This boxed set of four CDs recorded between 1987 and 1989 illustrates Benny Carter's versatility performing with four different groups. He was already aged 80 when he recorded the first of these albums, yet there is no sign of ageing. Indeed, Benny stayed alive and active until he was 95.
From the very first track, the listener is struck by Carter's pure, mellow sound, putting him in contention with Johnny Hodges and Willie Smith as one of the three altoists in jazz with the sweetest tone. This CD also exhibits Benny as a composer, since he wrote all eleven tunes. Dizzy Gillespie makes guest appearances on three tracks, playing with restraint and harmonizing well with Carter. Howard Alden guests on seven tracks, and justifies his presence in the opening title-track, blending with Carter melodiously in the theme statement and supplying a clear-cut solo. Roland Hanna swings comfortably, and Mraz swaps eights and then fours with Bellson.
The same sort of praise might be accorded to all eleven tracks on this CD, with Dizzy Gillespie coordinating clearly with Carter in Another Time, Another Place and contributing a muted solo. Dizzy's solo on Not So Blue is also tempered so as to fit in with the generally relaxed mood of the session. Gillespie lets himself go (though still muted) in the Latin idiom of South Side Samba, which is as close to a calypso as a samba. Louie Bellson adds a drum solo in which you can sense the tune's theme.
The second CD displays Benny Carter's skills not only as a soloist and composer but also as an arranger, since he arranged all eight tracks - for five saxophones plus rhythm section. Carter had long been a past master at arranging for saxophone sections, from 1937 when he wrote arrangements for a sax section of himself, Coleman Hawkins, Andr‚ Ekyan and Alix Combelle.
Carter's skill is shown in the adventurously fast Over the Rainbow, where the five saxes blend in perfect harmony. All members of the septet get the chance for a solo, mostly half a chorus each, although Benny gets a whole chorus and the bassist and drummer share their half. In terms of tone, Carter stands out from the other saxophonists with his total purity of sound. All the other tracks make the most of the contrast between the soloists and the sax ensembles.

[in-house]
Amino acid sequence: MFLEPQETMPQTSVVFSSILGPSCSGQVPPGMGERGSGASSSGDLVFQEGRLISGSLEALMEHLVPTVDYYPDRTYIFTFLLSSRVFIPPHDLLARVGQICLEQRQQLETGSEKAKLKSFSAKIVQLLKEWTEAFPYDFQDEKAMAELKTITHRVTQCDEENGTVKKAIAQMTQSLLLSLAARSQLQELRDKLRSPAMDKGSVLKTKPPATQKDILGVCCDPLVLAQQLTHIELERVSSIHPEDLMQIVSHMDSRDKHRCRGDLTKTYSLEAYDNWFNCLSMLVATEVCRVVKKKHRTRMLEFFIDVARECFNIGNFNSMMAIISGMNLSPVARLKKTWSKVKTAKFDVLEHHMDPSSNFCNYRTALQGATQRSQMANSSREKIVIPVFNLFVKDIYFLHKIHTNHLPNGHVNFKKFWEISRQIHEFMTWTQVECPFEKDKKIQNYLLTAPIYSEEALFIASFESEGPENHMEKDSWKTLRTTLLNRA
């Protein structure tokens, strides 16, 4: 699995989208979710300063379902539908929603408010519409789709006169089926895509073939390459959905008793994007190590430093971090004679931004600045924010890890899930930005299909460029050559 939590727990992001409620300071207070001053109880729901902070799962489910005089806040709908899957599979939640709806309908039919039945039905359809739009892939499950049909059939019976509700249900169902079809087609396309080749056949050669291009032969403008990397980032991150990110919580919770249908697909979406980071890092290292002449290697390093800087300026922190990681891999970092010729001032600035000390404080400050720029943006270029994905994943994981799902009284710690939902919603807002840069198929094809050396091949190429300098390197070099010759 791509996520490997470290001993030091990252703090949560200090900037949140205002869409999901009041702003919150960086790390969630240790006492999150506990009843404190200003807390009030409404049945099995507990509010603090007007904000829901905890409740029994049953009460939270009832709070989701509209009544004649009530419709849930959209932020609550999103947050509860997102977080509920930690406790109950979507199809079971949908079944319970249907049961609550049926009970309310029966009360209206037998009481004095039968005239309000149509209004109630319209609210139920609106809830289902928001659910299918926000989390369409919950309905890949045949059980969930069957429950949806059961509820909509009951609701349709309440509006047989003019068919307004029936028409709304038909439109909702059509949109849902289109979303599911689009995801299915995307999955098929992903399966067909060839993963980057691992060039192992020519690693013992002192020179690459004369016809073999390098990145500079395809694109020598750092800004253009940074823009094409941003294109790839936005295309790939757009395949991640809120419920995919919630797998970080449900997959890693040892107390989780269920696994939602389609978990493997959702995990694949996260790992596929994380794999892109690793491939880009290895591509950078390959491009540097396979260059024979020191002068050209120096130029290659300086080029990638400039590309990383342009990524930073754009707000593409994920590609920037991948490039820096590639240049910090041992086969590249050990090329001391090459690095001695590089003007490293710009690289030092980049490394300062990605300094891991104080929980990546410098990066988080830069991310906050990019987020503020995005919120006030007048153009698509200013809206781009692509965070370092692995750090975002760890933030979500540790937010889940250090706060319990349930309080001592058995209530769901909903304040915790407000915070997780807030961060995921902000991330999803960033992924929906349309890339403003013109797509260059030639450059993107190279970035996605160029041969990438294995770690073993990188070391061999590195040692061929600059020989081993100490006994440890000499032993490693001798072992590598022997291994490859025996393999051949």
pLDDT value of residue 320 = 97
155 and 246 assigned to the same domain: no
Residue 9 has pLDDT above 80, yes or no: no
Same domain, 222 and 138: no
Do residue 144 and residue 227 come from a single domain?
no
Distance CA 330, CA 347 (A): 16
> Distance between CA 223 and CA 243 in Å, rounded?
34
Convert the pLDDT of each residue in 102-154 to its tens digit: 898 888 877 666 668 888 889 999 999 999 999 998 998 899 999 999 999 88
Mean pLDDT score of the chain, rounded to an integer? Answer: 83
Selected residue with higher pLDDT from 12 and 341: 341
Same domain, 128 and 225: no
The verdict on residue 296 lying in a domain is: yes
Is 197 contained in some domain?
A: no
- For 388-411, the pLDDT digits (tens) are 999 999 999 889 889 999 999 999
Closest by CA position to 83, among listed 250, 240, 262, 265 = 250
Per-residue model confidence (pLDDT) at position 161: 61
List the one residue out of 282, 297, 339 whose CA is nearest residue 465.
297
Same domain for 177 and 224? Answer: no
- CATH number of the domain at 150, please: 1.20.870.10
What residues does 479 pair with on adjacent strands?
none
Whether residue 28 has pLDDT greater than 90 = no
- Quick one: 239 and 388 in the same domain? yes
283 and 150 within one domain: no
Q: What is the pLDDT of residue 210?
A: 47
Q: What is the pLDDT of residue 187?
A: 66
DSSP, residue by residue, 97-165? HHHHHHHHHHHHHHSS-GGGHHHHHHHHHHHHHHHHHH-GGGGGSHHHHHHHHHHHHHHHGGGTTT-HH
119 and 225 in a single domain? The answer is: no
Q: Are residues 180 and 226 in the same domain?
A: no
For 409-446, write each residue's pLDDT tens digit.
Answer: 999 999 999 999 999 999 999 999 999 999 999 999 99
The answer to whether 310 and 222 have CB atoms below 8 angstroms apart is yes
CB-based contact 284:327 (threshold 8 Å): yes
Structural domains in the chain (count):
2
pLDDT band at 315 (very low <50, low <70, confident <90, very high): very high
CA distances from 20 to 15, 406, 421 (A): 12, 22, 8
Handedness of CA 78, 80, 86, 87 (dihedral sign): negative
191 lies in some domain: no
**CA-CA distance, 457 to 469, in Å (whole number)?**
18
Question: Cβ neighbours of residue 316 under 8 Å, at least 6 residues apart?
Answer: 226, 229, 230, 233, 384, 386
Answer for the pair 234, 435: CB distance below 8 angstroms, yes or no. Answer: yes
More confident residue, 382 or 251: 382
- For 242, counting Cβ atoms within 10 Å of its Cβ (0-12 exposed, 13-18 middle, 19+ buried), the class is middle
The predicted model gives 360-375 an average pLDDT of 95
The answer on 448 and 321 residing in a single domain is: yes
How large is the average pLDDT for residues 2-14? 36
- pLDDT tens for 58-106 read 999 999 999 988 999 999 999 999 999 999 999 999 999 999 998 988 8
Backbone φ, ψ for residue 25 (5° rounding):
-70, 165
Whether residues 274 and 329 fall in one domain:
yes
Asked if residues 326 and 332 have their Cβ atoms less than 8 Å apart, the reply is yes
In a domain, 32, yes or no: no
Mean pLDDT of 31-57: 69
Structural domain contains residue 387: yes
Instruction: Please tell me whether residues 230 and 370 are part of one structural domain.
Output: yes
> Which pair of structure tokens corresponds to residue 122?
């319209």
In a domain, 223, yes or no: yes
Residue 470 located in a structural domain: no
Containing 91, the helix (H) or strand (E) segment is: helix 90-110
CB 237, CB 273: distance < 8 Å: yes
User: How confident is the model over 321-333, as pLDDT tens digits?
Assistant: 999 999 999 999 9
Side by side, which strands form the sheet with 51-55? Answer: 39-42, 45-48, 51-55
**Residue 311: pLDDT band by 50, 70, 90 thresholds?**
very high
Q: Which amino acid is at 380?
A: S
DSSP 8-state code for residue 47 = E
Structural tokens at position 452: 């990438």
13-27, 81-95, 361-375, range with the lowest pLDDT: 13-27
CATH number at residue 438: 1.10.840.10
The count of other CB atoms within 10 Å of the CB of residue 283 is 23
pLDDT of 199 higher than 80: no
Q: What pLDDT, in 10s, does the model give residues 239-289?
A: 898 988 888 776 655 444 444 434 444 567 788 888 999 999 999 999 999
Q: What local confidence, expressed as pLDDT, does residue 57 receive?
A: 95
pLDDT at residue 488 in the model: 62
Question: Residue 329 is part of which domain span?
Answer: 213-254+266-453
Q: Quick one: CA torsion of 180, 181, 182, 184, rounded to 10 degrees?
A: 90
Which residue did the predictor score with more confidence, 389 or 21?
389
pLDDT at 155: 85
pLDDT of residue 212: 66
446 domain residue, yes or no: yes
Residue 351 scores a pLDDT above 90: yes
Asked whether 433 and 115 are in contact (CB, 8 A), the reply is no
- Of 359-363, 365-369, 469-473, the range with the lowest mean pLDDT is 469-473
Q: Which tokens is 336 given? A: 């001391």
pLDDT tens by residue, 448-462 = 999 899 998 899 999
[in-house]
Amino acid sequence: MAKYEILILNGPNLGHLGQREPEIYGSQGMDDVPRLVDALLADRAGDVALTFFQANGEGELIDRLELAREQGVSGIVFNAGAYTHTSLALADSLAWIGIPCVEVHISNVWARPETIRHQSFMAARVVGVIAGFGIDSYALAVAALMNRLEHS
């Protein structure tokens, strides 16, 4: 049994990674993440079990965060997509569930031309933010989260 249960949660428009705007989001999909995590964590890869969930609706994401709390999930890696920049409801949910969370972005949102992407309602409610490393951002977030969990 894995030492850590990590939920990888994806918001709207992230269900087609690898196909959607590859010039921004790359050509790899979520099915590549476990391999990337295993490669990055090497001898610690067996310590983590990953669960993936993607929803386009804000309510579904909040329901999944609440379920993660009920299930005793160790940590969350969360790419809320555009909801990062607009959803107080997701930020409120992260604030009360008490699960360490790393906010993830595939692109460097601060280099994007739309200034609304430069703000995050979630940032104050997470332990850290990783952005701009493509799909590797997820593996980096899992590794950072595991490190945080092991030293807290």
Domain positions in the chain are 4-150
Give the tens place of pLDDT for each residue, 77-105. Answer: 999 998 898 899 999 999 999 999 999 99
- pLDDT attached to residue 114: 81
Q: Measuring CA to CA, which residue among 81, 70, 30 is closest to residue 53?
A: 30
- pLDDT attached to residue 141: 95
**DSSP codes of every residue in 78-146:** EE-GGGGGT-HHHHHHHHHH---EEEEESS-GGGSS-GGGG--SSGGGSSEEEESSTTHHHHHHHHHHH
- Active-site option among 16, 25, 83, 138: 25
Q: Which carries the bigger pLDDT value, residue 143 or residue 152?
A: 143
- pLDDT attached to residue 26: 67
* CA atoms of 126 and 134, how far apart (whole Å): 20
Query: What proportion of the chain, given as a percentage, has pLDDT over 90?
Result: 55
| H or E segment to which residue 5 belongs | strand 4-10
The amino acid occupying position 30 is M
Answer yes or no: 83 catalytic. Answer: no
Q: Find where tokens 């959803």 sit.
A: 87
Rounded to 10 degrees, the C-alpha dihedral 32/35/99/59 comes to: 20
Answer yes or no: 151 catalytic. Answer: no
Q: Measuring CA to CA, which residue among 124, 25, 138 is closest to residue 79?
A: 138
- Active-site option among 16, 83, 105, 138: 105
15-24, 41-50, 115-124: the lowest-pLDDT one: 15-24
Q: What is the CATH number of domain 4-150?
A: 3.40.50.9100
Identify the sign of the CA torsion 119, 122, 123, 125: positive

Unlike the three other CDs, the third disc is a live recording, taped at Carlos I in New York in October 1988. This is a simple quartet session which allows Benny's alto to shine. The seven tracks are mostly jazz standards, with a couple of Carter originals; Key Largo which has a gentle Latin-American pulse, and Time for the Blues, which Carter plays on trumpet, while Richard Wyands contributes a suitably down-home piano solo.
The final CD puts together two of the great alto-saxophonists in jazz: Benny Carter and Phil Woods. It is interesting to compare their contrasting styles; Woods having a more extrovert tone, betraying his bebop influences, although he is just as adroit and impeccable as Carter. On Benny Carter's, We Were in Love, both men change their instruments: Carter playing trumpet and Woods on clarinet. In My Man Phil, Carter even sings in praise of Phil Woods, and Phil justifies the acclaim with a vivacious three-chorus solo.
This is a varied, generous and fascinating collection, showcasing different aspects of Benny Carter, one of the all-time greats in jazz.
Tony Augarde, Musicweb-international.com